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Governor proposes using $1.5 billion in federal aid to give to small business owners hurt by the pandemic

 May 19, 2021 – SACRAMENTO, CA – The California Hispanic Chambers of Commerce commends Governor Newsom for his focus on small business as part of his recovery and revitalization plan tied to his $267.8 billion revised budget.  He has proposed adding $1.5 billion to a program providing grants of up to $25,000 to small businesses harmed by the COVID-19 pandemic in California, allowing thousands more to get financial help. The announcement comes on the heels of a $76 billion surplus in the state budget plus $27 billion in federal aid.

 “We are pleased that Governor Newsom has recognized the importance of small businesses and the role they play in bolstering the state’s economy in his May revise budget proposal,” said Julian Canete, President & CEO, California Hispanic Chambers of Commerce. “The pandemic has taken a toll on California’s business community with many businesses shuttering or downsizing to stay viable during this difficult time. Any assistance offered by the Governor to help the business community recover, restart and thrive will pay huge dividends to the state’s economy by creating a robust business climate, putting people back to work, and increasing revenue for state and local government coffers.”   

 Given the critical role of small business in California’s economy, Governor Newsom proposed using the $1.5 billion in federal aid to give to small business owners hurt by the pandemic and promised new funding for other business assistance programs. If approved by the Legislature, the aide will provide grants to an estimated 150,000 small businesses.

 He has also proposed an augmentation of $50 million for a total increase of $100 million to the small business loan guarantee program to fill gaps in available federal assistance. Additionally, to support innovation and the creation of new businesses, the Governor’s proposal also includes earlier proposals to support new business creation by exempting first-year businesses from the $800 minimum franchise tax.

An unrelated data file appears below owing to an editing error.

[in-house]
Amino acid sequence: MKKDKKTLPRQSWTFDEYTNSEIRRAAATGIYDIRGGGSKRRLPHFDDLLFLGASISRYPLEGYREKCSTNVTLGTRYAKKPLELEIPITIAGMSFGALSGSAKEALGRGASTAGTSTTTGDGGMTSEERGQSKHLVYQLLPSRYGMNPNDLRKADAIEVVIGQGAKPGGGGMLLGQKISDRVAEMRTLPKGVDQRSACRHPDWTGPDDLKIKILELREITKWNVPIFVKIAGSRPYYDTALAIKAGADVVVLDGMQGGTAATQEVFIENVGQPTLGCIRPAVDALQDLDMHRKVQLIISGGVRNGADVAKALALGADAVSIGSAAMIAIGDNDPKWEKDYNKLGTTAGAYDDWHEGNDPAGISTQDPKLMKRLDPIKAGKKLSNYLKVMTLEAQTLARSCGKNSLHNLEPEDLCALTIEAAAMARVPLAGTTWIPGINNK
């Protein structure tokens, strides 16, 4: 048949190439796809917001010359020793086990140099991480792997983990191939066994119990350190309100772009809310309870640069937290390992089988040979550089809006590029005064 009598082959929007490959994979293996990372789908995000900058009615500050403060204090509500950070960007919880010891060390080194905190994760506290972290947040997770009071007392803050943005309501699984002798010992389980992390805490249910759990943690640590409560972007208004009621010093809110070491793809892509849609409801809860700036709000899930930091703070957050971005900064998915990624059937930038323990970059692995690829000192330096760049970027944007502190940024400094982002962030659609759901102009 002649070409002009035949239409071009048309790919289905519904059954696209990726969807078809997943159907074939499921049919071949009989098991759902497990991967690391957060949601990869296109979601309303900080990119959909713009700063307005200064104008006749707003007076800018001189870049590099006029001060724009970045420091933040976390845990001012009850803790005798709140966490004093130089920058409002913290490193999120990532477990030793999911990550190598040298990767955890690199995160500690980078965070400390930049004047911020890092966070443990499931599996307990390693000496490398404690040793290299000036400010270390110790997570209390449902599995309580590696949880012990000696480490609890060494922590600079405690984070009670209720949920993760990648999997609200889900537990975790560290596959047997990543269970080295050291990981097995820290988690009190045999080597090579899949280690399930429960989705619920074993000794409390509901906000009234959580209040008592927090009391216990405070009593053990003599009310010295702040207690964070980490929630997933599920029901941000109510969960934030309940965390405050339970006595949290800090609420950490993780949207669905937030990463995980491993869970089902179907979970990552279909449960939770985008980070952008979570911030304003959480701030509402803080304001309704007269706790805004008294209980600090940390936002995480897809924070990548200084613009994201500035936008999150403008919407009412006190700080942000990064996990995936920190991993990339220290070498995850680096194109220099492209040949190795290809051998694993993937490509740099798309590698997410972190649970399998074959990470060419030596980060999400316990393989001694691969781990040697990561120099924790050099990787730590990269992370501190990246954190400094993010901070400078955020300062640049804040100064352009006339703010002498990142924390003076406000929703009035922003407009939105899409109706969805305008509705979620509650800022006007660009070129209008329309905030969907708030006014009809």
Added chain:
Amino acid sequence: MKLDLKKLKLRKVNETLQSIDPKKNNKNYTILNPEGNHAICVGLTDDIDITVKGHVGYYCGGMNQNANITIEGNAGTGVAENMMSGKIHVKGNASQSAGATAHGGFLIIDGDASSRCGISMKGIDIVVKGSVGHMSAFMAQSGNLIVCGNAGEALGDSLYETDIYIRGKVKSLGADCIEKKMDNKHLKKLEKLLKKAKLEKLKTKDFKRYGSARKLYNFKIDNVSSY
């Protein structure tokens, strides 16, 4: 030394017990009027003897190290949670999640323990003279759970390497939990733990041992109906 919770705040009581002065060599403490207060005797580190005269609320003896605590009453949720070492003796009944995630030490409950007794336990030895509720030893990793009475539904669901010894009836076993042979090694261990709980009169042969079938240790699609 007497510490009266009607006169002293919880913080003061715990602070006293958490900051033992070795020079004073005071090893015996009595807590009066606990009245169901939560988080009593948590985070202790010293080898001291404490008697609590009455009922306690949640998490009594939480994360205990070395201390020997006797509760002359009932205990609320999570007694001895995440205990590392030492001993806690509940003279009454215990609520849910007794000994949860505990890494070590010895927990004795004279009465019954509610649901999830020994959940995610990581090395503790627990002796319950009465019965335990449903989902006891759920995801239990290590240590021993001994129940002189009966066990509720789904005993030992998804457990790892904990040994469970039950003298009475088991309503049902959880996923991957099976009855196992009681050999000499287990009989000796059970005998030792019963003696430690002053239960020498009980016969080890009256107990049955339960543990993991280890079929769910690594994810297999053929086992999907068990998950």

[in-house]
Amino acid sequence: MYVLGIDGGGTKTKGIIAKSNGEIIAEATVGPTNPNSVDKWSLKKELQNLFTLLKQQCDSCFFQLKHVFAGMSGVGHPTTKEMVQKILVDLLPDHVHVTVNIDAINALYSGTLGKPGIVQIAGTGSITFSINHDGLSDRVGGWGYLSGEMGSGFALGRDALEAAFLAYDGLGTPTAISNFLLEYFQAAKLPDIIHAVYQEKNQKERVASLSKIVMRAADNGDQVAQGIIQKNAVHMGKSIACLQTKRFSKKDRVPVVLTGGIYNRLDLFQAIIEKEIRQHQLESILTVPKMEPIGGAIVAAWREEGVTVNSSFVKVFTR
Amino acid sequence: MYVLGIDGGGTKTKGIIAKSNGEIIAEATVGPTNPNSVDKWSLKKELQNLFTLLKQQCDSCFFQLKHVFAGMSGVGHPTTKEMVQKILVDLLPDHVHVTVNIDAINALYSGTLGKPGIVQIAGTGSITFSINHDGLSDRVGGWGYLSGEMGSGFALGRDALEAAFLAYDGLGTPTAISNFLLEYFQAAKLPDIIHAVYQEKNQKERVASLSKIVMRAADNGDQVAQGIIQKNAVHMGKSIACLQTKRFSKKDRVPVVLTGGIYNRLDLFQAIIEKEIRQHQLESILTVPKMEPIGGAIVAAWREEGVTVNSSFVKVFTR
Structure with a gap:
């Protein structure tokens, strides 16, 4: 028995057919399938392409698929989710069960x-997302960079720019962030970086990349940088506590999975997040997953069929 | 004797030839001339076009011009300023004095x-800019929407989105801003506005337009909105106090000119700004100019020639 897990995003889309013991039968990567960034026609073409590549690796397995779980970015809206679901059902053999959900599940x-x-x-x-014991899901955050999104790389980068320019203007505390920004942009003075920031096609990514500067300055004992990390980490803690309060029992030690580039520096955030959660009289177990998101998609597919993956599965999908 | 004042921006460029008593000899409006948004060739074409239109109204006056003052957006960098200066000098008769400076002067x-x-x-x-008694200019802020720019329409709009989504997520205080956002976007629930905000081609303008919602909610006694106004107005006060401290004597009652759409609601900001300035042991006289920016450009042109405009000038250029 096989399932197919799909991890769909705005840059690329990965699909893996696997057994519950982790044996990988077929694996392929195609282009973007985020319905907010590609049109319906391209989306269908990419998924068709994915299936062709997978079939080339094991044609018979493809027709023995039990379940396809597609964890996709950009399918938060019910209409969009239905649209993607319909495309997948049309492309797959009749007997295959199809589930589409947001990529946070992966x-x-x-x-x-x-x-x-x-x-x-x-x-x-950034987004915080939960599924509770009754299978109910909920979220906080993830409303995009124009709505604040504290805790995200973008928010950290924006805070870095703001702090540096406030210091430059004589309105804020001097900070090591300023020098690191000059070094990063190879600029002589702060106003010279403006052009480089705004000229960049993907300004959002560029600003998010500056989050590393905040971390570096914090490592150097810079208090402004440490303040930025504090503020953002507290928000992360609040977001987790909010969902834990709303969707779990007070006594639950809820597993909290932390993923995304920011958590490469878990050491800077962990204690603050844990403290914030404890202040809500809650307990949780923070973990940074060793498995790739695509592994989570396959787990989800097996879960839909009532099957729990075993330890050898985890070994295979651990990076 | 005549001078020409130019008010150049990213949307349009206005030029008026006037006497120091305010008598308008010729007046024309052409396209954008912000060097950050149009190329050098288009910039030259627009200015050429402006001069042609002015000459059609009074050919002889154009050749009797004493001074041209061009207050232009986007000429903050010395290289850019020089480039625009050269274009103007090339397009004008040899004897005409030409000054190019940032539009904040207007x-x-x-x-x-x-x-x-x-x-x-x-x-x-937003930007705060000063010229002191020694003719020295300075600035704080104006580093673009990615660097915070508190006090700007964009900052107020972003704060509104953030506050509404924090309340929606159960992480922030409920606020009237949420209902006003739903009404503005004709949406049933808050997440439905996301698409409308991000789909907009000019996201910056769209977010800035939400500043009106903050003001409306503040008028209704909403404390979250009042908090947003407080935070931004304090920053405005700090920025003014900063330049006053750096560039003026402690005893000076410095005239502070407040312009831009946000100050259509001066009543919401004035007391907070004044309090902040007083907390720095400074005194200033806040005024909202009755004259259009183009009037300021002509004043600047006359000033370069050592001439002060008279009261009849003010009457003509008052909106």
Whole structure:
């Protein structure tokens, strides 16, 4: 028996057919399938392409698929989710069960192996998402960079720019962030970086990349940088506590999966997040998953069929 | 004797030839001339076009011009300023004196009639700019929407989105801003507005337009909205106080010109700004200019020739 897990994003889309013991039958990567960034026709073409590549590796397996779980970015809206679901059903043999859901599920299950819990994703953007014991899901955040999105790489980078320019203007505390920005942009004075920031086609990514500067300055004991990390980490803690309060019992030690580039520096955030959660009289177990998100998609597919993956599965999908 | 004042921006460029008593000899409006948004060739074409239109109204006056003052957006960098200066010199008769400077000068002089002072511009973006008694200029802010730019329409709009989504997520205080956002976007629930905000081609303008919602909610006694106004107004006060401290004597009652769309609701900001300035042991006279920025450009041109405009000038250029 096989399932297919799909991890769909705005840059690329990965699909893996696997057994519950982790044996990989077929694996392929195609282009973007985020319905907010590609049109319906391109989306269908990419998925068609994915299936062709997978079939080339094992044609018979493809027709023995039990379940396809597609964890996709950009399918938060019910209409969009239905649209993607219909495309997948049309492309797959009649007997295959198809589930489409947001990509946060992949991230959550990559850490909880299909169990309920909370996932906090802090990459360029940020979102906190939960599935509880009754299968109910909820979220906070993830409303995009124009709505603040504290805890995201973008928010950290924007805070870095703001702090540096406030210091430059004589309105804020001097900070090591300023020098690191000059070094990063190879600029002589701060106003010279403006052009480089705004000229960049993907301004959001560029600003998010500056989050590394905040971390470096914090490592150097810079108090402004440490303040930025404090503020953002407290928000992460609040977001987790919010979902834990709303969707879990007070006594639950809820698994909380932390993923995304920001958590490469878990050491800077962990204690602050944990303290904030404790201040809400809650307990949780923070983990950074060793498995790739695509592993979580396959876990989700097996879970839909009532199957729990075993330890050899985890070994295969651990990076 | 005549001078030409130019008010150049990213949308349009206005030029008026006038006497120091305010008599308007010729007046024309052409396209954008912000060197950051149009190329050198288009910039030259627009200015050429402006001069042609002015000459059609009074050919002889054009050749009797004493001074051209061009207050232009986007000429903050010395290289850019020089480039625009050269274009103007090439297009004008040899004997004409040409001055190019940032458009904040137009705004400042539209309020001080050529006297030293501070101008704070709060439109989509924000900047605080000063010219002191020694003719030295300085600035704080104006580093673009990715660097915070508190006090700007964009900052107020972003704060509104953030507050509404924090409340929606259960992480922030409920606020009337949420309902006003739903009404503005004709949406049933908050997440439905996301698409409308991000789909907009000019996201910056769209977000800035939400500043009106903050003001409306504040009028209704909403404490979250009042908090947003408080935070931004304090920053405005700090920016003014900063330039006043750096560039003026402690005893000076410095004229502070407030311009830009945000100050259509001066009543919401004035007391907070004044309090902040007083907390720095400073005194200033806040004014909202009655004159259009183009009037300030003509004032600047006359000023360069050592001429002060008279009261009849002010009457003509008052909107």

Some of the highlights in Governor Newsom’s proposal addressing the business community include:


$1.5 billion additional dollars for the California Small Business COVID-19 Relief Grant Program, bringing the total investment to $4 billion.


$6.2 billion tax cut recently passed by the Legislature and signed by the Governor, which provides partial federal tax conformity on the treatment of Paycheck Protection Program (PPP) loans and Emergency Impact Disaster Loans.


$895 million from the State Small Business Credit Initiative, a federal program recapitalized in the American Rescue Plan, which will strengthen some state programs that support financing of small businesses.

$360 million in additional California Competes Tax Credit authority, including the establishment of a $250 million grant program, to incentivize businesses to relocate to California.


$250 million to address revenue impacts on ports to drive economic activity, goods movement, and regional employment.


$200 million to expand sales tax exclusions through the California Alternative Energy and Advanced Transportation Financing Authority to promote, grow and incentivize green manufacturing in CA.


$147 million for the Main Street Small Business Tax Credit to assist small businesses that have hired and retained workers since the second quarter of 2020.


$95 million to allow California’s tourism industry, one of the largest economic drivers in the state, to come roaring back from the pandemic.  (more information below)


A yet-to-be announced tax proposal to help small businesses recoup some of their tax benefits lost from the 2017 the State and Local Tax (SALT) deduction.


The Stanford Latino Entrepreneurship Initiative reported last year that 86% of Latino business owners felt the immediate impact from the pandemic, a rate higher than other ethnic groups. Additionally, Latino business owners found assistance was also harder to come by because they had less cash on hand when requesting Covid assistance in the form of PPP loans and were only half as likely as their White counterparts to receive the federal loans. As a group, Latinos are expected to comprise almost 30% of the nation’s population by 2050, compared to 18% today. Latino-owned businesses are a growing sector of the economy and contribute significantly to its overall strength. If they continue to struggle, it will surely have a negative impact on the overall U.S. economy.